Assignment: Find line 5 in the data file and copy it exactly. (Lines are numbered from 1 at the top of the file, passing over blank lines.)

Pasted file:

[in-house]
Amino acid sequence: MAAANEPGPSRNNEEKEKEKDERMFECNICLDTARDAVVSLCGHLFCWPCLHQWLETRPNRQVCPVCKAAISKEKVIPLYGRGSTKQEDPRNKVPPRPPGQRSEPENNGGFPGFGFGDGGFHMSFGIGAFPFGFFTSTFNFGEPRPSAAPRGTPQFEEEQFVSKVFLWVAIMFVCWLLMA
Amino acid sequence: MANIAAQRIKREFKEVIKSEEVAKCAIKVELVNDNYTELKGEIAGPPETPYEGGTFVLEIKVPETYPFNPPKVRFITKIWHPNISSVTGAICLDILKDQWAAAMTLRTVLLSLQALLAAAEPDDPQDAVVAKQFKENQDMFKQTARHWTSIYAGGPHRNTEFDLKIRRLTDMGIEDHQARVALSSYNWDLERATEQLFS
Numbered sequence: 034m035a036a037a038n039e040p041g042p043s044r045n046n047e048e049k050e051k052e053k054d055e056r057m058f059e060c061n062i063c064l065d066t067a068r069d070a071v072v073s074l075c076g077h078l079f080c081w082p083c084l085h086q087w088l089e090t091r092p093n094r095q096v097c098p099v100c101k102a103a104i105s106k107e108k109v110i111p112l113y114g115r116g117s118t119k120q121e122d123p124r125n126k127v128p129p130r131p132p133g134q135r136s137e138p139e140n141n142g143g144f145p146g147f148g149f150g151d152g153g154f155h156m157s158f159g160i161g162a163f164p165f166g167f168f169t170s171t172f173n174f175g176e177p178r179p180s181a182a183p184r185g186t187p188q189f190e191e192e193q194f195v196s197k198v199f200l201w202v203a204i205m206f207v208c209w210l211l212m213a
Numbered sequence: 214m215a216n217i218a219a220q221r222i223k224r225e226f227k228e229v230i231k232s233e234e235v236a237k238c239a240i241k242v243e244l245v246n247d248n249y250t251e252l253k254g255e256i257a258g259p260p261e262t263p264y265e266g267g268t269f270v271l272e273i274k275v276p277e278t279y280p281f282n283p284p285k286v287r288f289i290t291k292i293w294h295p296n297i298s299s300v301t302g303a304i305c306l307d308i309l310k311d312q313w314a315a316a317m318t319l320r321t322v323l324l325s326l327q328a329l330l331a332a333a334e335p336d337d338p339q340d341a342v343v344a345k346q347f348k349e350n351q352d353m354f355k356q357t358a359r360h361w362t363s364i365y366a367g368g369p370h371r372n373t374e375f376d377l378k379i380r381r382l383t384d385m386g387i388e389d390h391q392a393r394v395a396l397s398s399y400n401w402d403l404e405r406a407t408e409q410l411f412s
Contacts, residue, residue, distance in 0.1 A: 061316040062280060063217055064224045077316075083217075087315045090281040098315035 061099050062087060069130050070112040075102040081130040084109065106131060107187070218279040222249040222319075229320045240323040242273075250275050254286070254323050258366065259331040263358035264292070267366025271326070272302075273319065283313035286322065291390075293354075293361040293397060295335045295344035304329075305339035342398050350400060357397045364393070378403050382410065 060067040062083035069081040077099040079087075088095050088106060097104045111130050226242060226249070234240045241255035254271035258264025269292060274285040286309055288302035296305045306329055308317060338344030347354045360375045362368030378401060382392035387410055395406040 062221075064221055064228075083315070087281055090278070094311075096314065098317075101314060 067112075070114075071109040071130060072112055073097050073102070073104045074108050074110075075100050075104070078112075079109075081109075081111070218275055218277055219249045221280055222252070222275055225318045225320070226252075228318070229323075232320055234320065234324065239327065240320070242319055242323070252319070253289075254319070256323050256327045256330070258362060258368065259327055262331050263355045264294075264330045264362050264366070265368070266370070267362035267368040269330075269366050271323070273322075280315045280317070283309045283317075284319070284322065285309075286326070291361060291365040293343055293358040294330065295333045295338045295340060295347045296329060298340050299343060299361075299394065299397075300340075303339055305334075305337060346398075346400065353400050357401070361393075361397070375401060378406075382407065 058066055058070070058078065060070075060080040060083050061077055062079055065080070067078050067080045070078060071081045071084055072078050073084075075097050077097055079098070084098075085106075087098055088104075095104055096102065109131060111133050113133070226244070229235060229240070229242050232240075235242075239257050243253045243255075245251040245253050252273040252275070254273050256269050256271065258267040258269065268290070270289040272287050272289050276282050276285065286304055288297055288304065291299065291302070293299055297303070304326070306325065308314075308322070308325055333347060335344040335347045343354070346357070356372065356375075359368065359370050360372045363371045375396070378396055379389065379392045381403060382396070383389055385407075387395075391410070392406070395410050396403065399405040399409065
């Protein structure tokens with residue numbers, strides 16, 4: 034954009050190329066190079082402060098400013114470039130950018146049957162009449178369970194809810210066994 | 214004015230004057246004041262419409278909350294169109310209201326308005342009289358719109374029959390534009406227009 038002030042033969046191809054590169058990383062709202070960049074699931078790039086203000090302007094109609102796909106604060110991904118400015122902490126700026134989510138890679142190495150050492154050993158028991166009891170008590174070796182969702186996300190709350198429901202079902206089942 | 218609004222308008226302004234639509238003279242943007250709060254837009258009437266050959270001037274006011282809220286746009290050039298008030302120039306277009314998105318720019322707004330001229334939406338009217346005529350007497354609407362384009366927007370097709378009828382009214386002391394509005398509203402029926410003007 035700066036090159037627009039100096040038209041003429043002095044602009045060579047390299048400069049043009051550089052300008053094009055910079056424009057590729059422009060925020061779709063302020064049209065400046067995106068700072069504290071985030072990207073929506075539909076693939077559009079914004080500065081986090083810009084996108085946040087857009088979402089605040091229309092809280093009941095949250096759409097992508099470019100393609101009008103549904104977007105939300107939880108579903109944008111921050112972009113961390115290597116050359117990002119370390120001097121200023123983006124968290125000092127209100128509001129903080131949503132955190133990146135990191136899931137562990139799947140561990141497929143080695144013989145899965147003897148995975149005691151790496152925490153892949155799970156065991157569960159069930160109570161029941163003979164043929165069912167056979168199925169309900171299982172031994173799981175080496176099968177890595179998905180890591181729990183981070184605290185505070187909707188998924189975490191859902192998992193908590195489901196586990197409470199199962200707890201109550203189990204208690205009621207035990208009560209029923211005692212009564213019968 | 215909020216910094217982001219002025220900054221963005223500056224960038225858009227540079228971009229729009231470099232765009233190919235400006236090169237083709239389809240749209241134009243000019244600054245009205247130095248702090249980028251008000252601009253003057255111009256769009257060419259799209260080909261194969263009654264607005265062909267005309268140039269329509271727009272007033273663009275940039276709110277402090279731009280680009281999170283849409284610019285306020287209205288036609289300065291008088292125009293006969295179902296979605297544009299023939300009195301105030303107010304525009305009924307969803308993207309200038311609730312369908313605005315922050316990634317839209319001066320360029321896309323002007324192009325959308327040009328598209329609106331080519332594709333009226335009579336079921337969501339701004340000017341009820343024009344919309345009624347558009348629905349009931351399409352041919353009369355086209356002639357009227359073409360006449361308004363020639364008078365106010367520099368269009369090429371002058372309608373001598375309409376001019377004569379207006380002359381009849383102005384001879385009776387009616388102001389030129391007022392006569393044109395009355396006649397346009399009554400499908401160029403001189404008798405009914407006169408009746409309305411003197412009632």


Numbered sequence: 214m215a216n217i218a219a220q221r222i223k224r225e226f227k228e229v230i231k232s233e234e235v236a237k238c239a240i241k242v243e244l245v246n247d248n249y250t251e252l253k254g255e256i257a258g259p260p261e262t263p264y265e266g267g268t269f270v271l272e273i274k275v276p277e278t279y280p281f282n283p284p285k286v287r288f289i290t291k292i293w294h295p296n297i298s299s300v301t302g303a304i305c306l307d308i309l310k311d312q313w314a315a316a317m318t319l320r321t322v323l324l325s326l327q328a329l330l331a332a333a334e335p336d337d338p339q340d341a342v343v344a345k346q347f348k349e350n351q352d353m354f355k356q357t358a359r360h361w362t363s364i365y366a367g368g369p370h371r372n373t374e375f376d377l378k379i380r381r382l383t384d385m386g387i388e389d390h391q392a393r394v395a396l397s398s399y400n401w402d403l404e405r406a407t408e409q410l411f412s